That integration must have been a delicate operation, Kaslo said.

Majestrum, returned the entity, was as subtle as he was hideous.

Kaslo was putting the pieces together, but part of the puzzle was still missing. What, he asked the entity, is it all in aid of? What is the groffet trying to do?

I would have thought that was obvious.

Not to me.

The familiar is powered by a fragment of Majestrum’s will. Being part of Majestrum, the fragment wishes to grow.

To what end?

You interrupted my thought. The fragment wishes to grow . . . into another Majestrum.

The groffet is trying to bring back its dead master?

Yes, said the entity. And, gradually, it is succeeding.

I need to think, Kaslo told the demiurge’s helper.

I wouldn’t expect much to come of it. But you might as well do it while you can.

While I can?

As the life force drains, your mentation will become more difficult. After a while, cognitive function ceases as your brain seeks to protect the most fundamental processes.

Kaslo could glimpse parts of the other people the preyns had crammed in before him. Limbs twitched, fingers moved spasmodically. Is that what’s happened to the others?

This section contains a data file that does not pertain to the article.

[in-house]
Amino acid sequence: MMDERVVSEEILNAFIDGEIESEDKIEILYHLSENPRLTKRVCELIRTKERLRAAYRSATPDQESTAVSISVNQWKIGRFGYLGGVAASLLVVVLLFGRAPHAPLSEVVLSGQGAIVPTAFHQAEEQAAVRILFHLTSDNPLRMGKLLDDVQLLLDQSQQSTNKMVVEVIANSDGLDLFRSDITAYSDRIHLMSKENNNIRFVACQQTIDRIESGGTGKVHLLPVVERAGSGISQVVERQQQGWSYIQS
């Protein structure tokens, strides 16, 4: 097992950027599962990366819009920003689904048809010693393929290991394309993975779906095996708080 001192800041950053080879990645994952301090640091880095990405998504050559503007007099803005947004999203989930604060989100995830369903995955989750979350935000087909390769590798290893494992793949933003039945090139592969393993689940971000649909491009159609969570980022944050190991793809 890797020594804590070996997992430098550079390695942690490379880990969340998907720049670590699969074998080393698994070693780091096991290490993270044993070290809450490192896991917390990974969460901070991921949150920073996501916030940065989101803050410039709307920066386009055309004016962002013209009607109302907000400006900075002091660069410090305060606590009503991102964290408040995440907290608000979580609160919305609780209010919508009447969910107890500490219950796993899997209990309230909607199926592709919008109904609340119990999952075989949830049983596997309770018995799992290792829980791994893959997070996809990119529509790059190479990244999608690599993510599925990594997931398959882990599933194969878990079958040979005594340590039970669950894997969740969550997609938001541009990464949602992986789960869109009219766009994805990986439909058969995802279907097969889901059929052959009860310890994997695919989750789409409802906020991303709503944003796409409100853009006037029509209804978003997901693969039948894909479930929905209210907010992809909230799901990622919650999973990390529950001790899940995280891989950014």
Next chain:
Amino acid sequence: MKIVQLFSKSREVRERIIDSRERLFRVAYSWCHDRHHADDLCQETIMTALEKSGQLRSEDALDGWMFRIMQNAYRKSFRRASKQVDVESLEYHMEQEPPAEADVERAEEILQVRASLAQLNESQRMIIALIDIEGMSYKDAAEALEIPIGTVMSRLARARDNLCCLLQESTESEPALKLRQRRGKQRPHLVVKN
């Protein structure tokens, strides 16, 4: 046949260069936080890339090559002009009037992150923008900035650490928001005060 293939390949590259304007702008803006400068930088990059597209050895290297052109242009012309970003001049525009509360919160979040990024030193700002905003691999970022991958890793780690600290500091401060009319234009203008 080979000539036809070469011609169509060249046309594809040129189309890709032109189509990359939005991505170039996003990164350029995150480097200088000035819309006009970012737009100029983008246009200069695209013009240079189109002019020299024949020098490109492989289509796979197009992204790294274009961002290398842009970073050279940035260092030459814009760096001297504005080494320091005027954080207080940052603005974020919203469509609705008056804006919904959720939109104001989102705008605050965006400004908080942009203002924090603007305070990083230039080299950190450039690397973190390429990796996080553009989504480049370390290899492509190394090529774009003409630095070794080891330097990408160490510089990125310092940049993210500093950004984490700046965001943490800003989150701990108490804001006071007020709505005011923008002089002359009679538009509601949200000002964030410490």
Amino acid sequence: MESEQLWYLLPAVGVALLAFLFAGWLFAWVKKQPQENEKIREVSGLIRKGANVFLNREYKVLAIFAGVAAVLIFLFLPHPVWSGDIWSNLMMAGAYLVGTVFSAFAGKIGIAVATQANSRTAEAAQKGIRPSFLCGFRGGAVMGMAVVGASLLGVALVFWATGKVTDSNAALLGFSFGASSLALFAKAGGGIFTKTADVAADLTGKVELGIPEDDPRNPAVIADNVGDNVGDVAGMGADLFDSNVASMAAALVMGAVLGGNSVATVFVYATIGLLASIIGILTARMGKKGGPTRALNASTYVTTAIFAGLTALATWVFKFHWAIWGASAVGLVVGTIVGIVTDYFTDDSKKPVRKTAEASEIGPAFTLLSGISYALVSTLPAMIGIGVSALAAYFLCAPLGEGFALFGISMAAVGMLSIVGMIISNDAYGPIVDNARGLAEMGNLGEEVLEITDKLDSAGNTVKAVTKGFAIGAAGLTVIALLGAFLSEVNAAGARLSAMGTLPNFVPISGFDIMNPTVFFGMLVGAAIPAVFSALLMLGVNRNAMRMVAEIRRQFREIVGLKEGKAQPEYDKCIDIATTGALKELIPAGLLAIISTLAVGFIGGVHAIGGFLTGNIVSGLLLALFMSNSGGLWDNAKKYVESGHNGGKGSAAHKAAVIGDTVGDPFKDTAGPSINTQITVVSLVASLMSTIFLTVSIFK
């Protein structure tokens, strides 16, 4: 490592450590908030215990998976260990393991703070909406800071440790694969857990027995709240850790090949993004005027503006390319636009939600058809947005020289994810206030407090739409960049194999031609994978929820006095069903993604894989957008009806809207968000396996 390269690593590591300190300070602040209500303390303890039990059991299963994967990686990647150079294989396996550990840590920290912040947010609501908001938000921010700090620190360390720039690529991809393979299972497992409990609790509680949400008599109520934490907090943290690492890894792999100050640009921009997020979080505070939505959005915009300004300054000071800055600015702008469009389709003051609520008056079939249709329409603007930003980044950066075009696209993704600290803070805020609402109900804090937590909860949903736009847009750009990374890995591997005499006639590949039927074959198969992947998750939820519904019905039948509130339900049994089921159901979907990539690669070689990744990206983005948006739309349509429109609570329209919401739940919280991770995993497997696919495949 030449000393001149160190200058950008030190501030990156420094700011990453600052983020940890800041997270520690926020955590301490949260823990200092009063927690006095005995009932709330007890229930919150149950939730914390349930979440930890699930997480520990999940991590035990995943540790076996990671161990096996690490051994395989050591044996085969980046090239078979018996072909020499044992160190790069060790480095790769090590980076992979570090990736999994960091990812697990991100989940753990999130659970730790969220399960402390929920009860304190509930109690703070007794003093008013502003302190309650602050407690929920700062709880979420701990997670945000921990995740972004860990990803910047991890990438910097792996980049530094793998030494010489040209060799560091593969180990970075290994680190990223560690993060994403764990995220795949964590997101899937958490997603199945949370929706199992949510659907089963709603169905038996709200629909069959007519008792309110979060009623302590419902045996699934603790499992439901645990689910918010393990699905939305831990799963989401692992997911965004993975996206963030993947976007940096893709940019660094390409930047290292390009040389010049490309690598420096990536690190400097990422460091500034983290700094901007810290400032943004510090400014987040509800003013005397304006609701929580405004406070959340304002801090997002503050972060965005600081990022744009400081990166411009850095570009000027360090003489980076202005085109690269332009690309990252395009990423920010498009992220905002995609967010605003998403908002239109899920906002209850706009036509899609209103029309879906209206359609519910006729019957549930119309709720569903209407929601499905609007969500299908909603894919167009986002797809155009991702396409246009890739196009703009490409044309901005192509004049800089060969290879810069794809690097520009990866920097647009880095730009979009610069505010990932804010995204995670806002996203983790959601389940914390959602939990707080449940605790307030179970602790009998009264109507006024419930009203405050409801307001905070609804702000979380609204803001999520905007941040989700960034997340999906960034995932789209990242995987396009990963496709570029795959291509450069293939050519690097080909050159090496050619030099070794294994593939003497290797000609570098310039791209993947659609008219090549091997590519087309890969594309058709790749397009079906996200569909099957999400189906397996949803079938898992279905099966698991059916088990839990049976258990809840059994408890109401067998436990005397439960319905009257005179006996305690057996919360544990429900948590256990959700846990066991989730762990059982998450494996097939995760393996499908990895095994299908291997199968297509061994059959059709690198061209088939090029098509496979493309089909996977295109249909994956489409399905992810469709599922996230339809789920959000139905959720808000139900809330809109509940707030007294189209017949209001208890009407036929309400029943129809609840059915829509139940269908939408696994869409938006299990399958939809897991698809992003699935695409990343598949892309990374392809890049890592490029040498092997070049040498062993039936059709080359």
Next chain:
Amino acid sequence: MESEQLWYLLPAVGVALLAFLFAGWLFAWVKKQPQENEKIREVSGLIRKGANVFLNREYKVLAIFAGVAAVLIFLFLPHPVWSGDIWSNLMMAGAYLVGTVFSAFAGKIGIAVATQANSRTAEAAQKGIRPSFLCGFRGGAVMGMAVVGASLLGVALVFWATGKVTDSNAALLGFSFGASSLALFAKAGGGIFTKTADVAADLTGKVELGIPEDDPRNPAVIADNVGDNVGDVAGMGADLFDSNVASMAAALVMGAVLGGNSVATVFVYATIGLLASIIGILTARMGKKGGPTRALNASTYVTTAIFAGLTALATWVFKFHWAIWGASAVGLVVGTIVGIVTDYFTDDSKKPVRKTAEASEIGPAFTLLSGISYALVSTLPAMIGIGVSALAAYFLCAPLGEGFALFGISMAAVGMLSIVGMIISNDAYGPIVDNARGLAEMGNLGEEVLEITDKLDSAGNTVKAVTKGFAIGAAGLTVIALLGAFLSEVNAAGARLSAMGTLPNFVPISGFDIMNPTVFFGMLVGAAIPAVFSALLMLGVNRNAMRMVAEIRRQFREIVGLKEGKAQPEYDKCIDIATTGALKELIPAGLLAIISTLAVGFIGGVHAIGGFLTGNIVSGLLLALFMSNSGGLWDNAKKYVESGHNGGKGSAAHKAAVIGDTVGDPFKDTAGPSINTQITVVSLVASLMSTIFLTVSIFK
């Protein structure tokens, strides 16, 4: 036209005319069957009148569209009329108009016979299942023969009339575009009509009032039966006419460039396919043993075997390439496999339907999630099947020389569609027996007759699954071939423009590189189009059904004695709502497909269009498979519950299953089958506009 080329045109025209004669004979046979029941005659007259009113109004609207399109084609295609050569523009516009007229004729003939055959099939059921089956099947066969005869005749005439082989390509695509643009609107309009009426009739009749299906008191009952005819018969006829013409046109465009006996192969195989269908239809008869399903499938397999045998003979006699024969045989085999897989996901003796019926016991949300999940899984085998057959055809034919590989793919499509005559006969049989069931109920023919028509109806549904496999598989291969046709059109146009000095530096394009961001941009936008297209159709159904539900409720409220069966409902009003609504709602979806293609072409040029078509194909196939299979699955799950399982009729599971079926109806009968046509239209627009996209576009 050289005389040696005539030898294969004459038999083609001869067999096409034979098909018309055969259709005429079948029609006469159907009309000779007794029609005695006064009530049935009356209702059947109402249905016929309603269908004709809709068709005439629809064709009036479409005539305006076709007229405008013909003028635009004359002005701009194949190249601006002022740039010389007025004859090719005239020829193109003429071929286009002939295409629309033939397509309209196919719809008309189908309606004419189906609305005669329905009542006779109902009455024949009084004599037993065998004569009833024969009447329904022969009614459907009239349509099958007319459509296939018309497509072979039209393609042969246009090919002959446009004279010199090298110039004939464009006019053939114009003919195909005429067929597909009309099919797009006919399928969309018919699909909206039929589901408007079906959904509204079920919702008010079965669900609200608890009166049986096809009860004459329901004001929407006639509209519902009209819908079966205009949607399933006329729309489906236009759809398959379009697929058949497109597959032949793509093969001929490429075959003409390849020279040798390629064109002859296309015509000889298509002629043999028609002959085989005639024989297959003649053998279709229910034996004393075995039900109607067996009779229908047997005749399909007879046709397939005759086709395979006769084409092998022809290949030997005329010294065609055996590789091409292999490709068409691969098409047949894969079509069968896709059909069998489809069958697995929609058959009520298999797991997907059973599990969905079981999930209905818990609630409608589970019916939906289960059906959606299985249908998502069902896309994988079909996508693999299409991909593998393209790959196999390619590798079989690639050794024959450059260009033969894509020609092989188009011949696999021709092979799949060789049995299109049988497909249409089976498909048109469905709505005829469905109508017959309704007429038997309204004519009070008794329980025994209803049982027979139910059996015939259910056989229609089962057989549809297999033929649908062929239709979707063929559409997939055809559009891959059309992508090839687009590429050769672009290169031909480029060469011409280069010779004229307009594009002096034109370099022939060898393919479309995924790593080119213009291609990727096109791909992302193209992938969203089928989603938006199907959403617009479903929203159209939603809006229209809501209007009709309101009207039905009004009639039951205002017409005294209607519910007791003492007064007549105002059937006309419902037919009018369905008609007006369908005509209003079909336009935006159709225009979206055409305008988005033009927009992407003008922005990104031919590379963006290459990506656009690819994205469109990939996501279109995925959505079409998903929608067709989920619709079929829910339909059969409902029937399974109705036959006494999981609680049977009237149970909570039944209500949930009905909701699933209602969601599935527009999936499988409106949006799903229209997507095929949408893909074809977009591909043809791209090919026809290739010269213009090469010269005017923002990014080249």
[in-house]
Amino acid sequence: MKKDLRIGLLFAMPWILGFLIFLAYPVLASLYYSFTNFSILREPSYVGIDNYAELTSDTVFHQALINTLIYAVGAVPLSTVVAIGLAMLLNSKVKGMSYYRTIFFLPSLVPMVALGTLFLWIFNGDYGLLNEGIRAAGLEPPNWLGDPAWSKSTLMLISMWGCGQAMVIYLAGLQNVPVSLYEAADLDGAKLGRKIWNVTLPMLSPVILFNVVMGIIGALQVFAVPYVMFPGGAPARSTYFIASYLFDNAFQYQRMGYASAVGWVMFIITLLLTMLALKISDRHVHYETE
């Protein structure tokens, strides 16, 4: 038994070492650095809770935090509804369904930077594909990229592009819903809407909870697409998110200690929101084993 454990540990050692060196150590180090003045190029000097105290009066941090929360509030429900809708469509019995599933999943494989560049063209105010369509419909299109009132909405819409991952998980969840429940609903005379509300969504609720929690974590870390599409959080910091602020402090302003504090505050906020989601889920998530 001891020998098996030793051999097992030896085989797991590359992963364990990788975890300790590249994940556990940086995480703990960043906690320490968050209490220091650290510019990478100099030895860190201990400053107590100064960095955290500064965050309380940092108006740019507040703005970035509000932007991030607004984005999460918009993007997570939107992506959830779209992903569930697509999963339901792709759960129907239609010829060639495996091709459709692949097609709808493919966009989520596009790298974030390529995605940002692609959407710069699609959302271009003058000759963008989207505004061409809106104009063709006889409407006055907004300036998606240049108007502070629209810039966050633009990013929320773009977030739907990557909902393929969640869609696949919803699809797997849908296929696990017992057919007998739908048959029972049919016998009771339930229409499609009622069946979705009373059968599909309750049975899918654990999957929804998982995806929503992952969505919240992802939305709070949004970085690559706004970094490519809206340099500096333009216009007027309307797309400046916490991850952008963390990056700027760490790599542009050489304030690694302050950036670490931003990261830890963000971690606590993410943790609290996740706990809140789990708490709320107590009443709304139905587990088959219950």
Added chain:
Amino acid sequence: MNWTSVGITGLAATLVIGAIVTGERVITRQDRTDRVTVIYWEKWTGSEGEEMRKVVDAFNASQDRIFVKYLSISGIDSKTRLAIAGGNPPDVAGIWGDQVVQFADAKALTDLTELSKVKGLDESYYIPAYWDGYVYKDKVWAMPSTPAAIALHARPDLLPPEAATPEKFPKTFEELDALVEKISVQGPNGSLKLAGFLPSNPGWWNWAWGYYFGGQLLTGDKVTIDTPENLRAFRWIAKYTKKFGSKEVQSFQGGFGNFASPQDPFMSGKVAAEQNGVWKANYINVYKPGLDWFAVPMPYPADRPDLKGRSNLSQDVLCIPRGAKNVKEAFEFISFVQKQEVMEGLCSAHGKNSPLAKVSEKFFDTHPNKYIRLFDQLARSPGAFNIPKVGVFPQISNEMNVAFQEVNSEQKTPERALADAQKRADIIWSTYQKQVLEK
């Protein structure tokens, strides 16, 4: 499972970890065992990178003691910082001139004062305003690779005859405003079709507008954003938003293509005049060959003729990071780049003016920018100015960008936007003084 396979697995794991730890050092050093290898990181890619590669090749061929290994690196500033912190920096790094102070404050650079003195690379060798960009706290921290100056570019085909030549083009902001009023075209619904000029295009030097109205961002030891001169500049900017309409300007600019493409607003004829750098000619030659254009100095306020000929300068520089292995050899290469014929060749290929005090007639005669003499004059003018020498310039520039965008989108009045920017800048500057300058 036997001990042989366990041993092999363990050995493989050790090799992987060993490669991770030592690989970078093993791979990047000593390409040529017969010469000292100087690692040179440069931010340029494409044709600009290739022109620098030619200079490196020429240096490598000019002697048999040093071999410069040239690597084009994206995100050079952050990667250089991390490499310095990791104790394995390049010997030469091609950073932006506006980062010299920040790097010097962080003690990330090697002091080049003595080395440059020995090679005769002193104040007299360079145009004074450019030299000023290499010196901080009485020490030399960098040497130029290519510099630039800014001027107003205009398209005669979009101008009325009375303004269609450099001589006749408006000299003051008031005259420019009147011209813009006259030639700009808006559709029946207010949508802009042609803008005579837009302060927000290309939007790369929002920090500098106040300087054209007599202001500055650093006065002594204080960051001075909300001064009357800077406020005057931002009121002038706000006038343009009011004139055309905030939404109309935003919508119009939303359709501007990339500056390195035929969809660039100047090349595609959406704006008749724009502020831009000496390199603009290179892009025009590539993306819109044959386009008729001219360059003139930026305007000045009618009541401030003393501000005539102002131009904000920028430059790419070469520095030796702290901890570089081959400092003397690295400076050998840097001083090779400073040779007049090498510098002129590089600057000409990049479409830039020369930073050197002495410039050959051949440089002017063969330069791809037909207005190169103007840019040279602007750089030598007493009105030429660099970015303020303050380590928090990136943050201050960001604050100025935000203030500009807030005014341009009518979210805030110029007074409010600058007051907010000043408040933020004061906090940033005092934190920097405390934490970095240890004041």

No, said the entity. Their sensoria were overburdened by the conditions of this plane. By the time they reached me, those that weren’t gibbering had become catatonic.

I have devices that filter and reinterpret the stimuli, said Kaslo.

So I see. They were originally invented by Majestrum. There is probably an irony there, but I was never designed for irony.

It paused, and Kaslo sensed its striving to identify a twist of fate. Never mind, he thought. What about these poor people around me? Can they be restored?

No. The groffet had me very busy for a while. The activity drained them. There is nothing left but reflexes and they are fading. I am sorry —

Don’t start that again, Kaslo shot back.